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A very conservative fund of funds will target returns of 8-12% and will contain many “market neutral” hedge funds that exhibit a very low correlation to the underlying markets. In other words the investment intention is to remove market volatility. A moderately conservative fund of funds will target 12-17% returns over a pre-determined multi-year strategy. These will combine a selection of “market neutral” funds with a smattering of other higher risk strategies. A more aggressive fund of funds will still only aim for returns of 15-20% as it will still be aiming to have a lower-than-market statistical risk. However, it will contain a higher weighting of funds that are more closely correlated with the markets. Something to take into consideration when examining hedge fund performance is whether returns are net of fees, or calculated prior to fees. Many funds report performance numbers before fees are extracted, which can distort numbers greatly in the funds’ favour. This is key, as a positive month can instead turn negative when fees are factored in – and we have already emphasised the much higher level fees awarded. The next factor when judging hedge fund performance is how returns are classified, with some of the basic breakdowns used in the industry being: pro forma, managed account, estimated, confirmed, and audited.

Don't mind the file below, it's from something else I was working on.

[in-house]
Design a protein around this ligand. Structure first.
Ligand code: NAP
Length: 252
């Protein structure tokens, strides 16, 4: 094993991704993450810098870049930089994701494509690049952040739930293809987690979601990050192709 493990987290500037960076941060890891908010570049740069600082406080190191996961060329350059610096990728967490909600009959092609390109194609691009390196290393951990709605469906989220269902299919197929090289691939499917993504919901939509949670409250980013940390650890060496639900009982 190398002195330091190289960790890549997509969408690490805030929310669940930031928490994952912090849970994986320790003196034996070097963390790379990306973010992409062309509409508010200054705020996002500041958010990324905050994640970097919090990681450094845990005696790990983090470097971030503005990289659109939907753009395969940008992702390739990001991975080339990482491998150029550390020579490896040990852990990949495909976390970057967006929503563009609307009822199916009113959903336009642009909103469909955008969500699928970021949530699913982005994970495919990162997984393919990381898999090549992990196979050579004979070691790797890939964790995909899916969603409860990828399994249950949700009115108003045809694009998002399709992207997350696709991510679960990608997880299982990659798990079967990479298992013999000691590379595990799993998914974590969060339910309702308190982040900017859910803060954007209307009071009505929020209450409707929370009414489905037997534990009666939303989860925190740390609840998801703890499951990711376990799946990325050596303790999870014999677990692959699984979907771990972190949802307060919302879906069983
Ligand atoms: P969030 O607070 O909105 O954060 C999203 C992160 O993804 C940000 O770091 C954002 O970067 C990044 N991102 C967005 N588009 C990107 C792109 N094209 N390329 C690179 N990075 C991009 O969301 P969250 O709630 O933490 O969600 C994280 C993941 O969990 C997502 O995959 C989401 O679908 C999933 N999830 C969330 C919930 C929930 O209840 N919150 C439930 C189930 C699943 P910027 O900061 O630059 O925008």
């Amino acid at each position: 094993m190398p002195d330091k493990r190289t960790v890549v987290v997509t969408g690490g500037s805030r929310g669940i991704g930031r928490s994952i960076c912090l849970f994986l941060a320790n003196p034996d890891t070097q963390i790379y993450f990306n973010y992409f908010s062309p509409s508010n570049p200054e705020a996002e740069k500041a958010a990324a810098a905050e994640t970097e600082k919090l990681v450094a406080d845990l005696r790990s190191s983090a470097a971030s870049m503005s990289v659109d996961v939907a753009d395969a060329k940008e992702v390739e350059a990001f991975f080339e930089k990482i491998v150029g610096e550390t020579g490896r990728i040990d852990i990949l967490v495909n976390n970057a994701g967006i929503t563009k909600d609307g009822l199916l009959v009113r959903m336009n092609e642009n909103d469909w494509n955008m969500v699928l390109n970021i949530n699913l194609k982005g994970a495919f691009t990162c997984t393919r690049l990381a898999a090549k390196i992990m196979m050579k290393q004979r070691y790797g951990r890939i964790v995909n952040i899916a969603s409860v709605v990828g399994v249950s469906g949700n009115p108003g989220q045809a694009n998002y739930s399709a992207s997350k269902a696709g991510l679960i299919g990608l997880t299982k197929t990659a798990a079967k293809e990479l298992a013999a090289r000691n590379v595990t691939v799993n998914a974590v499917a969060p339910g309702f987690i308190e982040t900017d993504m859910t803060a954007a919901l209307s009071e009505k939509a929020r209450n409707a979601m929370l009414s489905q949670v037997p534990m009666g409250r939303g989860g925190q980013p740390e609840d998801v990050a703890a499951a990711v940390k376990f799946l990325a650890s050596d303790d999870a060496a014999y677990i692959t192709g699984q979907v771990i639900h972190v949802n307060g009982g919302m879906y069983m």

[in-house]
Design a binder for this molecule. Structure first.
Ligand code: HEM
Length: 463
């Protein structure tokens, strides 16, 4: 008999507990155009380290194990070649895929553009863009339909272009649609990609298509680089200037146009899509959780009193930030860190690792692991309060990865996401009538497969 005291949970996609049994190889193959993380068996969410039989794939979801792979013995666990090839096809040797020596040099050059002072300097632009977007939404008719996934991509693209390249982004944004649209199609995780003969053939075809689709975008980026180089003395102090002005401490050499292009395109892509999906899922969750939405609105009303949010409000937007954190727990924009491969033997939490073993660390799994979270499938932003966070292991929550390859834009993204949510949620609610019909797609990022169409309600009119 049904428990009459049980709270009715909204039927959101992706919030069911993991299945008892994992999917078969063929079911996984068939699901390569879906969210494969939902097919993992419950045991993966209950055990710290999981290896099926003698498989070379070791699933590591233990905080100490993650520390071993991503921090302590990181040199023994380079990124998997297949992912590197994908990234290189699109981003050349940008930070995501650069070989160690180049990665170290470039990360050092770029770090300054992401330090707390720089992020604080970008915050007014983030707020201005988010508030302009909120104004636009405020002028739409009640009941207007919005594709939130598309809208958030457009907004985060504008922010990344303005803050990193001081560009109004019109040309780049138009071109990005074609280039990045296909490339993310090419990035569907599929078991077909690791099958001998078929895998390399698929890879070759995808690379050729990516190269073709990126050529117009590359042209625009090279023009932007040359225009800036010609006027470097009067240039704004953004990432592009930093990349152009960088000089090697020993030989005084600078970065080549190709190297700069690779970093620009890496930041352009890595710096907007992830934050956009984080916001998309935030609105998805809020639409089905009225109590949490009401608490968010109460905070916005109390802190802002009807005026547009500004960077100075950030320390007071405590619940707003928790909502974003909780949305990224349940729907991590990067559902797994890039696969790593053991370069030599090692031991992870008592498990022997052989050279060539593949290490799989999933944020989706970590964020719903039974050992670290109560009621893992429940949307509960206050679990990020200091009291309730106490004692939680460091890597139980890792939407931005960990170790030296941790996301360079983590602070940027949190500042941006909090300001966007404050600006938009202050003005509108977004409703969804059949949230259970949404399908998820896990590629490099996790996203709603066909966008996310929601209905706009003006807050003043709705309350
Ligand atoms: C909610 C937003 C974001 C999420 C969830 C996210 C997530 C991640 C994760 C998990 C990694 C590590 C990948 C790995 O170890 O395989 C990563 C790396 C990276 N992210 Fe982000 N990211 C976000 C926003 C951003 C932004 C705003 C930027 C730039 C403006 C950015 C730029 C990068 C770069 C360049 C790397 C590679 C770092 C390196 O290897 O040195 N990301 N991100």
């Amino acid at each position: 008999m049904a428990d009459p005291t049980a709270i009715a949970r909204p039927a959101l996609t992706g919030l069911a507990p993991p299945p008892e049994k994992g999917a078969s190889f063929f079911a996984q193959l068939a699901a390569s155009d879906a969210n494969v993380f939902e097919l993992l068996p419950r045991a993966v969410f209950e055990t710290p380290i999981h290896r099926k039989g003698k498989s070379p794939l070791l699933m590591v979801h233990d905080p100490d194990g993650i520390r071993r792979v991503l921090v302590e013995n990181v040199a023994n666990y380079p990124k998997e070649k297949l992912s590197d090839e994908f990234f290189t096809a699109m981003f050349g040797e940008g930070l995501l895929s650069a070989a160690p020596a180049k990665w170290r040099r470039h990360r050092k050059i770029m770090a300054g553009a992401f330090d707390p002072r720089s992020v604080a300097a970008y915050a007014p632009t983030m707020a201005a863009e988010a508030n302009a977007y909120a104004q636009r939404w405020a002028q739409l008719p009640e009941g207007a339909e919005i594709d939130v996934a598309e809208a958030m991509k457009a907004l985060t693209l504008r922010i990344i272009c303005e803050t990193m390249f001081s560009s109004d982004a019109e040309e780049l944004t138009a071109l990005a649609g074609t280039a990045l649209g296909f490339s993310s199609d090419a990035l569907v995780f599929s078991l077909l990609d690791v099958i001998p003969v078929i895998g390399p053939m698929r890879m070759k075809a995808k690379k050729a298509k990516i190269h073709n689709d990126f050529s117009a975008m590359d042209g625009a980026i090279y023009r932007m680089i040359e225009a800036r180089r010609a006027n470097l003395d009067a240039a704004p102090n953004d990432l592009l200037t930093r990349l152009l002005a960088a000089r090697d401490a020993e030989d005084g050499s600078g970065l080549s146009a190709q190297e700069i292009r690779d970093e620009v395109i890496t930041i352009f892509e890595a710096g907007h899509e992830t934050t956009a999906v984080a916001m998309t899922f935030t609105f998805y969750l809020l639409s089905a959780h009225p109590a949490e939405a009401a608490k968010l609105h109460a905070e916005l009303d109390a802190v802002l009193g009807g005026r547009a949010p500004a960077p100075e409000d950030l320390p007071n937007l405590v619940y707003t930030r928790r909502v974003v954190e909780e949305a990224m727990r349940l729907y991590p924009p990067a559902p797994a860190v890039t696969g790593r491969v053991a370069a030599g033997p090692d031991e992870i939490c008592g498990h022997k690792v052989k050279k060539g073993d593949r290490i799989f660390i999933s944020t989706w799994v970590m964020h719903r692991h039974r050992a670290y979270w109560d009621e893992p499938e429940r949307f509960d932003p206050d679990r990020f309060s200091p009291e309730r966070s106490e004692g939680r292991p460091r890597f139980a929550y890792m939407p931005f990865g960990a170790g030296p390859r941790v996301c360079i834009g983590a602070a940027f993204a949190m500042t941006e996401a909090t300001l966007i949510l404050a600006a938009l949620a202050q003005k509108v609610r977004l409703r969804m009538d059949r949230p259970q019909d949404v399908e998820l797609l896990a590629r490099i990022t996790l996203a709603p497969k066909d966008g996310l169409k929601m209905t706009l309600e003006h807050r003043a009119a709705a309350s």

Hedge fund performance that is pro-forma basically means the numbers have one or more assumptions or hypothetical conditions built into the data. So if in a fund of funds there are ten funds that are planned to be invested in, and the data is compiled for the last year from those funds, the numbers would be classified as pro-forma. These are not actual returns, just hypothetical ones generated through a test. This is just one example of where the lack of transparency in the hedge fund sector places a much greater onus on the individual investor than he would have to be aware of if purely investing in traditional markets. For this reason, many consider the fund of funds route as the most accessible. Due diligence, allocation of percentages, monitoring of existing investments and searching for new opportunities becomes a full time job and a difficult one. Most investors are not able to perform all these tasks and that is why the fund of funds phenomenon has grown significantly over recent years.